Monarchs and Milkweeds

A WYOMING BIODIVERSITY CITIZEN SCIENCE INITIATIVE PROGRAM


More About Monarchs

Monarchs are easy to identify once you know what to look for. The viceroy butterfly mimics the look of the monarch to keep predators away, so can be mistaken for monarchs unless you look closely.

29dff8eb3d21a2a588d73a823c1bfecb_f15.jpgMonarchs (Danaus plexippus) are one of the most beloved butterfly species.  From their bright coloring that indicates "Warning - don't eat me - I taste bad!" to their total dependence on milkweed plants to raise their young, and from their long migrations done each year to their stained-glass window like pattern on their wings... there's almost nothing we can't appreciate about the monarch!

 

Monarchs are easy to identify once you know what to look for.  The viceroy butterfly mimics the look of the monarch to keep predators away, so can be mistaken for monarchs unless you look closely.

 

Download the ID Guide

22cf101d11e811474d459b26633a5955_f30.jpgClick to download the Printer-friendly, Monarchs and Milkweeds' Monarch Identification Guide to learn how to identify monarchs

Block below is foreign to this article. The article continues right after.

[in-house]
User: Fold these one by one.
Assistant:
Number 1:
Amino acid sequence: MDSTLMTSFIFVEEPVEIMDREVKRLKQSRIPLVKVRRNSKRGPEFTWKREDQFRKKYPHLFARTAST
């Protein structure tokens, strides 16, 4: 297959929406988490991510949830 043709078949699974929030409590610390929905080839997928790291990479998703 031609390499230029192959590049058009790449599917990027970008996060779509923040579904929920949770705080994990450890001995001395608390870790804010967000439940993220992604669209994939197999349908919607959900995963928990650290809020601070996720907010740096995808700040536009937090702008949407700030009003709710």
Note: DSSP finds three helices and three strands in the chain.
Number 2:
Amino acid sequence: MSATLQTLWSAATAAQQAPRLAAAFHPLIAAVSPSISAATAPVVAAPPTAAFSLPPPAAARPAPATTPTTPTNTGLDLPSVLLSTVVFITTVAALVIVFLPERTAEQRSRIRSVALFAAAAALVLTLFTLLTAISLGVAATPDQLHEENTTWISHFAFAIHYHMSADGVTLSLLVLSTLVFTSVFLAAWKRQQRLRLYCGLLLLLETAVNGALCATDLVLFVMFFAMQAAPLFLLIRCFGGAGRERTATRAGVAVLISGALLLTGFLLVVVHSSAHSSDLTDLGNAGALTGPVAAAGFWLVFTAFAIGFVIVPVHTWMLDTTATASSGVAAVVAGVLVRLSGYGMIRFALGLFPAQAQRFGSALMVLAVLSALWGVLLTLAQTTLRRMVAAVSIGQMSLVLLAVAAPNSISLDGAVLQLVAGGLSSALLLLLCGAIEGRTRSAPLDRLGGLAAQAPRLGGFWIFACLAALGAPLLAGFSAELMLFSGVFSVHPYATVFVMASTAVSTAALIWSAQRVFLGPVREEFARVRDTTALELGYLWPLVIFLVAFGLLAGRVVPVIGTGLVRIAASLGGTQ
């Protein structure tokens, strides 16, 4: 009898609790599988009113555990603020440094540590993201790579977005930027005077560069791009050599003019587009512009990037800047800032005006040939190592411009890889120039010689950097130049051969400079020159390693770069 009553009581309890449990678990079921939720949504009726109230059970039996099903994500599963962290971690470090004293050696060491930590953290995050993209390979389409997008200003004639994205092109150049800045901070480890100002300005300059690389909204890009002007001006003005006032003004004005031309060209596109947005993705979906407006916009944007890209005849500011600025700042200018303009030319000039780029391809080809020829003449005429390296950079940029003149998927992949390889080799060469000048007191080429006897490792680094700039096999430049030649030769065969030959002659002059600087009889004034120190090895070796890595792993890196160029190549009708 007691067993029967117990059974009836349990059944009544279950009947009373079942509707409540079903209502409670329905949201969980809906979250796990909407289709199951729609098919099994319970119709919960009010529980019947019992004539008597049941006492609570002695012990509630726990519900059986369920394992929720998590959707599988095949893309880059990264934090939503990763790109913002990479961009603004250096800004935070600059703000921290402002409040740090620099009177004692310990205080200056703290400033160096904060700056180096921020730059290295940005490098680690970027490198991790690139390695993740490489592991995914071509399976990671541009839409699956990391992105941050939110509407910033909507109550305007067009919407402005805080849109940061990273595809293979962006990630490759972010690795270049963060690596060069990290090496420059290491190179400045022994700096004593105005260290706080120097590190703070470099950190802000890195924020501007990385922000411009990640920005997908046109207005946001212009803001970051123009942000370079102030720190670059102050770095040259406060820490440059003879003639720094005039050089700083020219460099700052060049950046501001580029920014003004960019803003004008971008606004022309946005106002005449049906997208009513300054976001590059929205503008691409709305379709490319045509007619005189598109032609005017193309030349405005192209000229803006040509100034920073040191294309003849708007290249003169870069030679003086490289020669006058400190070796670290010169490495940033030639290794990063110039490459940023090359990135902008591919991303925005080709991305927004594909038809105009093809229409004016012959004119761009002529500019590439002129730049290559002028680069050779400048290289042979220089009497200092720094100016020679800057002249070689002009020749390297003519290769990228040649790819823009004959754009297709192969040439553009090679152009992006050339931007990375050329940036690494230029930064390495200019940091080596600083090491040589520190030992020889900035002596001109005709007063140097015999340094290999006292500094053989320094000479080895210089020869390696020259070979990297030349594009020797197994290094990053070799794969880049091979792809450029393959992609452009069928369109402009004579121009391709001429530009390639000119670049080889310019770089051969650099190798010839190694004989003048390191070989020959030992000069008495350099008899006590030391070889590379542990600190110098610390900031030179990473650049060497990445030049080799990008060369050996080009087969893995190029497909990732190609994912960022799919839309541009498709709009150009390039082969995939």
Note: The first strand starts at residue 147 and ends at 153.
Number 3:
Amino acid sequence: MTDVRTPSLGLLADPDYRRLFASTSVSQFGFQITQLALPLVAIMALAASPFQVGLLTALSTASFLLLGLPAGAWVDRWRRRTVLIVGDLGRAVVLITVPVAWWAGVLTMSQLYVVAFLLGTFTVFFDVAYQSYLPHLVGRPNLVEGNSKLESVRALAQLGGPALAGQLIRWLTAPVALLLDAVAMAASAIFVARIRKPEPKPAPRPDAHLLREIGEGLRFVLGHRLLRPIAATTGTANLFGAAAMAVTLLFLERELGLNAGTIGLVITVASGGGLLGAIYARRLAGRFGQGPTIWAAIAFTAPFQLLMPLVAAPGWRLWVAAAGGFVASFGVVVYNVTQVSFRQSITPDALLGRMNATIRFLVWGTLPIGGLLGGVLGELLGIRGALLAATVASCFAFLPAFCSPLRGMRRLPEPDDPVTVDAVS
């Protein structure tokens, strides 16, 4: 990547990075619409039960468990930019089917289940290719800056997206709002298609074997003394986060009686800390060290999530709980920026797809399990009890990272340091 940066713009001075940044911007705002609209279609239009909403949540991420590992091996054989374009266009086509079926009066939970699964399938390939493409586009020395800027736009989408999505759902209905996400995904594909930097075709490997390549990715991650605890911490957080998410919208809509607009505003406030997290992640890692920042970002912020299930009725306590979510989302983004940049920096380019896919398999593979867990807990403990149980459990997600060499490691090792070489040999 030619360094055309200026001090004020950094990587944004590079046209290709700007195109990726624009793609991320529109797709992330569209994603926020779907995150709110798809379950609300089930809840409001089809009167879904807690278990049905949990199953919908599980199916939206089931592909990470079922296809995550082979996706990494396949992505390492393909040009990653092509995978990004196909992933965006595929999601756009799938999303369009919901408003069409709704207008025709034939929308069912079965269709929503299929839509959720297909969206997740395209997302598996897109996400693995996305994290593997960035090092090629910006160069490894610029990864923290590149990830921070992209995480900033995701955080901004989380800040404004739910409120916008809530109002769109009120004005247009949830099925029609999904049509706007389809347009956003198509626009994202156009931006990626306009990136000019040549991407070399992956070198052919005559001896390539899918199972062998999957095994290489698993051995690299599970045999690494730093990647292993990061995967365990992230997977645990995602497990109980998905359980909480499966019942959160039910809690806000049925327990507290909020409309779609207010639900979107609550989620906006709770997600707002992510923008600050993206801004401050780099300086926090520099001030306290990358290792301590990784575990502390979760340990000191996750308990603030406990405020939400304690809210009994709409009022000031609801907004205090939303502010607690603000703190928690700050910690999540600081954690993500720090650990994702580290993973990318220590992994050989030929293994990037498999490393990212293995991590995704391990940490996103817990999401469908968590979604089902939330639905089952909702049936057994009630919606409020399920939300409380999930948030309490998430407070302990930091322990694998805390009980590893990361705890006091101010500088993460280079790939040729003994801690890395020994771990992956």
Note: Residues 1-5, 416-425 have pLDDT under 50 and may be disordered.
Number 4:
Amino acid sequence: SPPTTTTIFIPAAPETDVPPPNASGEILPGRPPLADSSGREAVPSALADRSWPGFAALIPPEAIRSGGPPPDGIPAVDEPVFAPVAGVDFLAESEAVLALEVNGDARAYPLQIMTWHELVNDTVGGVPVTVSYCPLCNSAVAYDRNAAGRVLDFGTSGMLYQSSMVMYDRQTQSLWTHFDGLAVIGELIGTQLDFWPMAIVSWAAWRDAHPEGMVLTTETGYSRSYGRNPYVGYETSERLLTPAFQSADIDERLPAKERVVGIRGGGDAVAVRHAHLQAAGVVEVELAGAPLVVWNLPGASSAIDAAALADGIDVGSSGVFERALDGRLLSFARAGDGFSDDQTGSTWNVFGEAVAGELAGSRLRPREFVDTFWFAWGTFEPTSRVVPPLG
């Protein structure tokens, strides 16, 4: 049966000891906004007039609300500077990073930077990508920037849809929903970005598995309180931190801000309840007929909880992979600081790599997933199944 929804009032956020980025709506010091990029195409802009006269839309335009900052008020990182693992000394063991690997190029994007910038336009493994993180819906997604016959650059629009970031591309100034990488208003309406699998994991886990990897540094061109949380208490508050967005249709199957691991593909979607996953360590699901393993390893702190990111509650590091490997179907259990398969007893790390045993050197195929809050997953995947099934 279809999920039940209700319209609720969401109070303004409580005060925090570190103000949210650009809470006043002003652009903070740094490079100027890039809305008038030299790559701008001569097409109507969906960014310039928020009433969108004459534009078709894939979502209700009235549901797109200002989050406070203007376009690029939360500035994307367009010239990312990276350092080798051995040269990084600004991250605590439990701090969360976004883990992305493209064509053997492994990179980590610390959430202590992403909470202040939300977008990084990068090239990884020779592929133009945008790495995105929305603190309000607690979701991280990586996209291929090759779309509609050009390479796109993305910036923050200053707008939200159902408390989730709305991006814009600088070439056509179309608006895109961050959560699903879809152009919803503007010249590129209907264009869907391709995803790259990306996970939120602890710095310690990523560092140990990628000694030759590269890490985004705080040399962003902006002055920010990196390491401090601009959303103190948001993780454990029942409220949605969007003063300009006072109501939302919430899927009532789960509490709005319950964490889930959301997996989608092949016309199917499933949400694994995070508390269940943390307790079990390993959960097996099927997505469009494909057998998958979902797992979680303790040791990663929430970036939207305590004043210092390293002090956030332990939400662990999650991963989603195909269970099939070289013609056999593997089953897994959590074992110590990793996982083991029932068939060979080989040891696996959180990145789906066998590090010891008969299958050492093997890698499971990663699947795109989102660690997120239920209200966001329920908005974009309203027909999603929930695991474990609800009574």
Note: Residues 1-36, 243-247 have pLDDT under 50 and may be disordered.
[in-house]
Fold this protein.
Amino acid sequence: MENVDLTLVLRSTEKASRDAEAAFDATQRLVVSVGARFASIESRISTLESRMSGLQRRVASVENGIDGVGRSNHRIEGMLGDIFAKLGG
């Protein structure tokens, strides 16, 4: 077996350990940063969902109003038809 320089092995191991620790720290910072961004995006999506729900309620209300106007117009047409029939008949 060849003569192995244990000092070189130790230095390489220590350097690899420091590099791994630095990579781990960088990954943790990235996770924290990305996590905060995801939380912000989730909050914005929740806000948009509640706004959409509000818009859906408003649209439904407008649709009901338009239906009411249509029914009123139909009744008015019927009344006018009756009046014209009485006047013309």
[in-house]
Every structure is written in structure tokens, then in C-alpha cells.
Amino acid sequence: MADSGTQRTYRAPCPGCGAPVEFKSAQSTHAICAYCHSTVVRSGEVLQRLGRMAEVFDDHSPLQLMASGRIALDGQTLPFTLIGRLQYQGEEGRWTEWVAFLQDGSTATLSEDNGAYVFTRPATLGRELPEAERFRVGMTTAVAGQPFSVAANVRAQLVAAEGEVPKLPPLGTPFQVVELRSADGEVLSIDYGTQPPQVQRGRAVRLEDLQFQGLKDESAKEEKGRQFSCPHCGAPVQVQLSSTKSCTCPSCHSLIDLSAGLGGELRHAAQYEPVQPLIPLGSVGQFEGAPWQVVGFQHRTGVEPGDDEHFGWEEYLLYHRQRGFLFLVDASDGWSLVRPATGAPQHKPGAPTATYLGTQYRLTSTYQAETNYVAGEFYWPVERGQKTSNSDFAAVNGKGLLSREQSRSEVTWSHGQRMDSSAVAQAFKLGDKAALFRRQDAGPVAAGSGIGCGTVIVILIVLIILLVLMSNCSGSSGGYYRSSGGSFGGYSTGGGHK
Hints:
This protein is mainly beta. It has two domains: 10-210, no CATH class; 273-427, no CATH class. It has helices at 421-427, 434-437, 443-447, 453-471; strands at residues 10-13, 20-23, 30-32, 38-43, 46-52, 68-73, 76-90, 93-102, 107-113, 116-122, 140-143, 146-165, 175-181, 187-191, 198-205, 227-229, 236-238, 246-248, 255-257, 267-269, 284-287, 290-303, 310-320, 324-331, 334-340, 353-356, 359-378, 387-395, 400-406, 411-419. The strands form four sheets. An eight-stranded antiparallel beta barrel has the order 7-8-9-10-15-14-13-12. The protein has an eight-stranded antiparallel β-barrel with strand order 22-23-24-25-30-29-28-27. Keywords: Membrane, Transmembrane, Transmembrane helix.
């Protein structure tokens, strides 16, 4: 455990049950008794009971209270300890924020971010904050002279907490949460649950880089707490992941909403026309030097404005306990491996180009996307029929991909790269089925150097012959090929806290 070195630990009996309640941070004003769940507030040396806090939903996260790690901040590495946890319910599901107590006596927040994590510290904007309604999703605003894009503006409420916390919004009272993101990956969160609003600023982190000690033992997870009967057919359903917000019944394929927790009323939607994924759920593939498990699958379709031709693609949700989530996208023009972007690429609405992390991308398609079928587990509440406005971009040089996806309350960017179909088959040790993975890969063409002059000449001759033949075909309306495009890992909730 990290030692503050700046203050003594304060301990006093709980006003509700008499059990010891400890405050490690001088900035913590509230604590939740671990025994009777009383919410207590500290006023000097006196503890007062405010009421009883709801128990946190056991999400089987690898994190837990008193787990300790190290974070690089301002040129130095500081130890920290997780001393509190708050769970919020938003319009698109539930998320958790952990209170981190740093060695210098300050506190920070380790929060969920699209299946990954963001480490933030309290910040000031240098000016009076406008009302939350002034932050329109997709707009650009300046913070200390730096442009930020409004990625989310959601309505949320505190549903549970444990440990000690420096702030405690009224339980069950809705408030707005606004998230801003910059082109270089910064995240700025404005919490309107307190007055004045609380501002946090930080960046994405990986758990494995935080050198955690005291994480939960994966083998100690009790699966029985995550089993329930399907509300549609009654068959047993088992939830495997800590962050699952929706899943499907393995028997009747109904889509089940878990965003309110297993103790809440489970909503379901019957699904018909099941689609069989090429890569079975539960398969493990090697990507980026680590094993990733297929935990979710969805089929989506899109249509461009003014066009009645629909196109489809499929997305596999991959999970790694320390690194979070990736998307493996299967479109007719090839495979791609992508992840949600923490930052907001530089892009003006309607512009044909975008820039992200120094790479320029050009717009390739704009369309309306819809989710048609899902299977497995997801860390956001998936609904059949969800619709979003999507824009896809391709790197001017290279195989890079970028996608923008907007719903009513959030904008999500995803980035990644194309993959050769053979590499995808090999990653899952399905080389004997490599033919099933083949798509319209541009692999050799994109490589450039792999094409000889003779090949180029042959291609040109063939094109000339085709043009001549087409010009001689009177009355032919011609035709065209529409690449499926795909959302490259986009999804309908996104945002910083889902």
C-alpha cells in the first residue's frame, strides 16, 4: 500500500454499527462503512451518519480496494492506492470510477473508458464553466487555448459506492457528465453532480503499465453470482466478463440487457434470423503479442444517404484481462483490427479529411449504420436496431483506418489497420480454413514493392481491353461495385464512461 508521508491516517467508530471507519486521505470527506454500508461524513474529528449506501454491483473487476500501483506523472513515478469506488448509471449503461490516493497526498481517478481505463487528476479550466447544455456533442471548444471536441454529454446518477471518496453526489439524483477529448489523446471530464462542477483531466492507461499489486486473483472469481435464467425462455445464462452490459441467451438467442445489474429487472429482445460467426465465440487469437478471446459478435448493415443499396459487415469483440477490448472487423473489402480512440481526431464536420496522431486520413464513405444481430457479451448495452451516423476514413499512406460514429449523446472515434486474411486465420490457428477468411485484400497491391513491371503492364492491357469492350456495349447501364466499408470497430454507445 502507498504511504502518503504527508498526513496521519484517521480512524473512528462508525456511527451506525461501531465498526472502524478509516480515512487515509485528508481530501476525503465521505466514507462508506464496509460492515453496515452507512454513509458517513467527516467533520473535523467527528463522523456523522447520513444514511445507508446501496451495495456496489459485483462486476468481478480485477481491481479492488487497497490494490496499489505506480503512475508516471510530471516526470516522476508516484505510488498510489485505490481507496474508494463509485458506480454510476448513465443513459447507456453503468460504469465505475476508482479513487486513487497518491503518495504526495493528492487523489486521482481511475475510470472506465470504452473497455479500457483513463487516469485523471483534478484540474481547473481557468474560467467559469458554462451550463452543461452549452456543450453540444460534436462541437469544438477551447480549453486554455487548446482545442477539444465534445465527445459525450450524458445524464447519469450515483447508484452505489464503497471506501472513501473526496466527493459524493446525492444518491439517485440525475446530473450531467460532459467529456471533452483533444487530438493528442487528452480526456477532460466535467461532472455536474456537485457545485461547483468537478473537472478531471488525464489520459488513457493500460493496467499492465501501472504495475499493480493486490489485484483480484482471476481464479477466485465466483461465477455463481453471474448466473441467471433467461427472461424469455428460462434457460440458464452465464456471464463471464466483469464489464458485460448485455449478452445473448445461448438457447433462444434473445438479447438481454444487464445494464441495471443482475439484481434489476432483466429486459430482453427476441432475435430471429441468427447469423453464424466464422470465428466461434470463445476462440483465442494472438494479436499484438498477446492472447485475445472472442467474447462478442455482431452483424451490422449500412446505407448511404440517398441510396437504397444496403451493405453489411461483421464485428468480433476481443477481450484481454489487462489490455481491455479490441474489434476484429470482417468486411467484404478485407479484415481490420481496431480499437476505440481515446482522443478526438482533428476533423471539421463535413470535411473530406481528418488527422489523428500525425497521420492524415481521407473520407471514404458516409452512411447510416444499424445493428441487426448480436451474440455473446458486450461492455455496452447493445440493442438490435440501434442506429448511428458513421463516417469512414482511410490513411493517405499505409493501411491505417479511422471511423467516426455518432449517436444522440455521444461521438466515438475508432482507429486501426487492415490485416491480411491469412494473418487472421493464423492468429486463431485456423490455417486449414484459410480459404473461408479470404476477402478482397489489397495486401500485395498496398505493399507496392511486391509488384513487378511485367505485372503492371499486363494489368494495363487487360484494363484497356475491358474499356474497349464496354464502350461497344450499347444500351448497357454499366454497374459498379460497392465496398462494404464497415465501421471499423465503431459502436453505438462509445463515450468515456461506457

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More Resources

To learn more about monarchs, visit the following online resources:

 



4927975966_d1bd6d17e1_z.pngLove this Project? Help Us Do More!

By engaging the public in citizen science projects like the Monarchs and Milkweeds, the Biodiversity Institute hopes we can better understand where monarchs travel through Wyoming, what time of year, how many, and whether they reproduce here.  We can also find where the 10+ species of milkweeds exist, see if they're hosts to any monarch young

Please consider supporting this project, and other citizen science projects across the Rocky Mountain Region with a donation to the Biodiversity Institute! 


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